Our Current Fascination With World War II Linked To Its Perception As America's Last Good War
May 25, 2001
Dr. Maddox, a specialist in World War II and the Cold War, is the author of six books, among them "Weapons for Victory: The Hiroshima Decision Fifty Years Later" (University of Missouri Press): "The Education of Harry S. Truman" (Westview); and "The United States and World War II" (Westview). During the Korean War, Dr. Maddox served in the 34th Regimental Combat Team, 24th Division, U.S. Army.
Americans of all ages continue to be fascinated with World War II as evidenced by a recent spate of books and movies. Maddox believes this can be traced to the perception of World War II as America's last good war fought honorably and for the right reasons.
"There was no doubt as to the aggressors in World War II: Germany, Japan and Italy," Maddox notes. "Hitler and Tojo could be cast as despicable villains and dangerous menaces to the security of the United States. Contrast them with the elderly Ho Chi Minh squatting over a fire in sandals. To depict him and the North Vietnamese as a direct threat to our way of life was impossible. Furthermore, both the conflicts in Korea and Vietnam had elements of a civil war that fogged up the issue."
In World War II, the fact that the United States was not defending its own shores but was going to the rescue of other countries made our military efforts appear nobler. "Americans had a real cause in World War II. We were the good guys, and the good guys won," Maddox says. "The Brits were besieged and being bombed from the air, the French had been subdued, the Chinese had their backs to the wall. We saw ourselves, not without reason, as the liberator of captive people. It wasn't like Vietnam, where we had to be satisfied with favorable body counts."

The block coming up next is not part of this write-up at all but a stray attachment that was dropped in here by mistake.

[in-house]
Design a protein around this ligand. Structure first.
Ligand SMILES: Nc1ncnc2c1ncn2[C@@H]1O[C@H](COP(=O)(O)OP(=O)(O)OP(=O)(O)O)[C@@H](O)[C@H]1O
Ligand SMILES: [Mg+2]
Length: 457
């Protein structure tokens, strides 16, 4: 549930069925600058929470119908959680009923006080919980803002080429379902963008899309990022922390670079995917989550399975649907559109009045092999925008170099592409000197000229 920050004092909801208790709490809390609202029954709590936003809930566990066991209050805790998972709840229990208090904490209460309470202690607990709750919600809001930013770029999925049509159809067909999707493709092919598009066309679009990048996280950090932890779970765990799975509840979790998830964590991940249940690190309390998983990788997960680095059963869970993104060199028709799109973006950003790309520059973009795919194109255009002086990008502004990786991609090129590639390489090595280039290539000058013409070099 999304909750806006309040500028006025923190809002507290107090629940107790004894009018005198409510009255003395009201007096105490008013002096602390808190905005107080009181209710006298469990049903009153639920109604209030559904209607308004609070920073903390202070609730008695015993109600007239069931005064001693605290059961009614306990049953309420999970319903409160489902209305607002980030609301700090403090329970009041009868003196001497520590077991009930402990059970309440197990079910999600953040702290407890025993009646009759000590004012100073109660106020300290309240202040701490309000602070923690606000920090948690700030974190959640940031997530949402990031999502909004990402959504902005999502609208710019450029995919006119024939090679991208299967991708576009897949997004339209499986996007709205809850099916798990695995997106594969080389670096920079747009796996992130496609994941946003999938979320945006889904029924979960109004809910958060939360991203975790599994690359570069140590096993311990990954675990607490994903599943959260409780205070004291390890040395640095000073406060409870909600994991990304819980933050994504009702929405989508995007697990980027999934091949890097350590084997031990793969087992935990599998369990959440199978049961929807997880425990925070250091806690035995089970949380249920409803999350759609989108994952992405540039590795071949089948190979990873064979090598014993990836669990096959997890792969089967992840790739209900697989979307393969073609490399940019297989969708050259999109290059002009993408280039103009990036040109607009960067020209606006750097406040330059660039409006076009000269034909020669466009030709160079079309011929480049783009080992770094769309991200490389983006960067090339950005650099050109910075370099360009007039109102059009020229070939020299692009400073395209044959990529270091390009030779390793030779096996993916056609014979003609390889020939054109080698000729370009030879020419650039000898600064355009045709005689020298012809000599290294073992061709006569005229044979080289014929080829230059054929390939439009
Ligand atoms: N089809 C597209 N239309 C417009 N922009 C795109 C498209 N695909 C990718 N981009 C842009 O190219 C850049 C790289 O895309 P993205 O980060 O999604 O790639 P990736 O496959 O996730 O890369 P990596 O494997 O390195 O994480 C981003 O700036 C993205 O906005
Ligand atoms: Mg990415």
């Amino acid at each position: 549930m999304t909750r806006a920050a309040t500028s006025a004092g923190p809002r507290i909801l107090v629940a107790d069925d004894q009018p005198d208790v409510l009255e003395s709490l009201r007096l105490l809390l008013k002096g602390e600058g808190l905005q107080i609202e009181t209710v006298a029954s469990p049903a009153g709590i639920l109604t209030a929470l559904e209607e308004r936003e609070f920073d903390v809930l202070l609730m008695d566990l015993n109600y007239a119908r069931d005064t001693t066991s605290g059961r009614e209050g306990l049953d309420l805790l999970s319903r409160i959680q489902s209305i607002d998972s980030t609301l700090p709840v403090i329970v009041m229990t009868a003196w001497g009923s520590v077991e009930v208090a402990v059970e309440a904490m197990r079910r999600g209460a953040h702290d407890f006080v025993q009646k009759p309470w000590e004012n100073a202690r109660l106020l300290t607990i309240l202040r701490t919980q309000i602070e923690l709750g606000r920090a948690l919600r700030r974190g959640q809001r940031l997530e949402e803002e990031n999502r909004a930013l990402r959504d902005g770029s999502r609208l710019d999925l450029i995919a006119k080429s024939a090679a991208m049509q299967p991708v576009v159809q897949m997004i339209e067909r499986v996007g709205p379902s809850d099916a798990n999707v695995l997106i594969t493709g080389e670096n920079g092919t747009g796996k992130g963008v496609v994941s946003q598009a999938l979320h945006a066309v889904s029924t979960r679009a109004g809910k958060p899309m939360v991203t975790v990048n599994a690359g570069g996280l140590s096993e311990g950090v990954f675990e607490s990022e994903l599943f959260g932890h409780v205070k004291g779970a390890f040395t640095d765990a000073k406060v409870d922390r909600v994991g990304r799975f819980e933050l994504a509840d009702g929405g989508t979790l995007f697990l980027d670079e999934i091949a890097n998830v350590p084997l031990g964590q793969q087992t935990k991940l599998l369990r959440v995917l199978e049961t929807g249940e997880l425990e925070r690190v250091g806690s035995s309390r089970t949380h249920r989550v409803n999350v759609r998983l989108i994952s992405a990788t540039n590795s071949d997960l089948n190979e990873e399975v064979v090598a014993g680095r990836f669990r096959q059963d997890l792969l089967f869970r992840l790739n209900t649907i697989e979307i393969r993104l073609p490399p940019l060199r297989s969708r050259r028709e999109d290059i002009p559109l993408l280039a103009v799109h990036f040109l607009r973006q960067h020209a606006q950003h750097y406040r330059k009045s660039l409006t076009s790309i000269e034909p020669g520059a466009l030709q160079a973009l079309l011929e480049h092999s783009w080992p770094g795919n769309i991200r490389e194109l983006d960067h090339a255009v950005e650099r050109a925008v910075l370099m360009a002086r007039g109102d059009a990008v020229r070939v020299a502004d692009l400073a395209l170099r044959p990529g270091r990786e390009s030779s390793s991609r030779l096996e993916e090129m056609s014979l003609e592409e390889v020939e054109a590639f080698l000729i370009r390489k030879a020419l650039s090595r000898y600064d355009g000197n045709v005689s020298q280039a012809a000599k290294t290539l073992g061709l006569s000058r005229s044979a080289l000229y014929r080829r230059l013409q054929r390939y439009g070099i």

According to the Penn State historian, baby boomers are not only taking a fresh look at World War II but the people who fought it, their own parents.
"The generation that emerged from the Depression and World War II was concerned with security, stability and the acquiring of material possessions," Maddox says. "The generation that came after, the baby boomers, took those material possessions for granted and spurned them -- or said they spurned them. This naturally resulted in a conflict between the two generations in the 1960s. Younger people at that time thought they were creating a brave new world. This would change when the hippies found themselves with kids and a mortgage and bearing a strange resemblance to their own parents.
Now that members of the 1960s generation look back, they are a little ashamed, knowing that some of what they did was foolish or worse, such as jeering at returning Vietnam veterans and calling them baby killers. As they become older and wiser, the 1960s flower children appreciate what their parents accomplished in the 1940s."